Barbie Army, which broke up in 1991, releases a retrospective album.
You—an alum of a certain vintage—saw the flyers stapled to billboards in Hutch Court, in front of Cobb, along 57th Street, mixed in with stickers blaring U.S. out of El Salvador and Impeach Bonzo. They advertised concerts at the Blue Gargoyle or Delta Upsilon. The band names became familiar even if you never caught a show. Fang Beach. The Farmers. The Blue Notes. The Rhythm Method.
There was also Barbie Army, founded by Mary Dean, AB’87, and Jean Lyons Lotus, AB’88. After playing music together in high school in Fort Collins, Colorado, they both entered the College in 1982. “It was literally the only place I applied,” says Dean. “Then Jean finds out … and it turns out her dad [Daniel Lyons, AM’62, PhD’67] went there.”
Lyons Lotus and Dean fell right into Hyde Park’s music scene, playing in a short-lived cover band called the Sugar Pops and in other configurations and hanging out with the musicians who came through for the Folk Festival each February. Dean was also known to burst into song on the quads. Years later, during an alumni book club meeting, someone asked her if she had once jumped up on a table during Homecoming to belt out “Gloria.” (“The Patti Smith version,” Lyons Lotus specifies for her friend, confirming the legend.)
Barbie Army formed in 1986 when Lyons Lotus returned to the College after two years away, part of which she spent in London. She’d noticed a skinhead group there called the Barmy Army and thought, “Wouldn’t it be funny if there’s this all-girl band called the Barbie Army?” After recruiting a bassist and a drummer, guitarist/singers Lyons Lotus and Dean were soon entertaining Hyde Parkers with a mix of punk aggression and (sometimes) sweet vocals described as “Tammy Wynette fronting for the Runaways.”
Like several other Hyde Park bands, the Barbies played around the city, at the Metro, Batteries Not Included, Exit, and the Avalon, the last especially easy to get to for UChicago students since it was steps from the Belmont “L” stop. They even played a show in Beloit, Wisconsin, at a frat house, where Lyons Lotus wondered why the lights would go off whenever she sang. Later she learned her microphone hadn’t been grounded, “so it was me, like, blacking out” whenever she leaned into the mic.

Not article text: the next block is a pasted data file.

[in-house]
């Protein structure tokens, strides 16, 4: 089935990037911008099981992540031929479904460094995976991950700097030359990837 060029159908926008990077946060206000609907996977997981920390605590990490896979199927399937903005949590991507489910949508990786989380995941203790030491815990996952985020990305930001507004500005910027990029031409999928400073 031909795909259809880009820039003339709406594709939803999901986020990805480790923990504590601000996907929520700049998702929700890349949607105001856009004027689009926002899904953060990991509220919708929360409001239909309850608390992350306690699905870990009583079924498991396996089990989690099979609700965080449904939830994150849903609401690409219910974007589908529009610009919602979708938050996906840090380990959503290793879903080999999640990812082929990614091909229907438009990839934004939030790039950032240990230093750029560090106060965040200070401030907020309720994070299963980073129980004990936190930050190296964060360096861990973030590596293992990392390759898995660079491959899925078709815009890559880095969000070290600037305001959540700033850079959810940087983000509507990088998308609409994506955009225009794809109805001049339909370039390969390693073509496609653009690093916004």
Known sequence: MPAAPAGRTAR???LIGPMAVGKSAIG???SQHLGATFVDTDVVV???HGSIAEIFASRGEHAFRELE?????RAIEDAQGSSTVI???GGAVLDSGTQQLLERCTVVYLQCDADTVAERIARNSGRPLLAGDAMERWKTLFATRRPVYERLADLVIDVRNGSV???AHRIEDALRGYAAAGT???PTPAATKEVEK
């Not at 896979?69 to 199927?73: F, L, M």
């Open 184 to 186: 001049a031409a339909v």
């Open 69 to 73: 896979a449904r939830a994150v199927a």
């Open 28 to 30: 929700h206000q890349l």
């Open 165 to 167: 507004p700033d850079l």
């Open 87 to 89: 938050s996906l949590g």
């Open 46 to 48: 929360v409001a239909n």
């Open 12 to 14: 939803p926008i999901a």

By the late ’80s, Lyons Lotus says, the band was playing a “ton of gigs.” But since they were “mostly paid in alcohol,” Dean adds, she soon realized, “I can’t live this lifestyle.” So Dean followed her politics to Guatemala and El Salvador, to support people resisting the repressive governments in those countries. She continued her involvement after returning to the States, helping refugees from Central America and hosting movement organizers. Lyons Lotus soldiered on through lineup changes (including stints by Tanya Mushinsky, AB’90, and Alaina Lemon, AM’88, PhD’96) that could put Spinal Tap to shame, but she herself called it a day in 1991.
In the three decades since, both have raised families, Lyons Lotus as a journalist in Oak Park, Dean in Boston working in computers and construction. But in the last few years, both have migrated back to Fort Collins—“I lured her here,” says Dean—where they have started playing together again at gatherings of family and friends. At the same time, old Barbie Army songs, once available only on DIY cassettes, started popping up on YouTube, courtesy of an anonymous punk archivist. These caught the ear of folks at Berlin-based No Plan records, which recently released Barbies Don’t Bleed: Retrospective 1986–1990.
To celebrate their 12" vinyl debut, on May 20—the Friday of Alumni Weekend—Lyons Lotus and Dean returned to the stage with several other Barbies at old haunt Phyllis’s Musical Inn. “The show was great,” says Lyons Lotus, who was excited to once again see “lots of U of C people” make the trek north “to party with us.”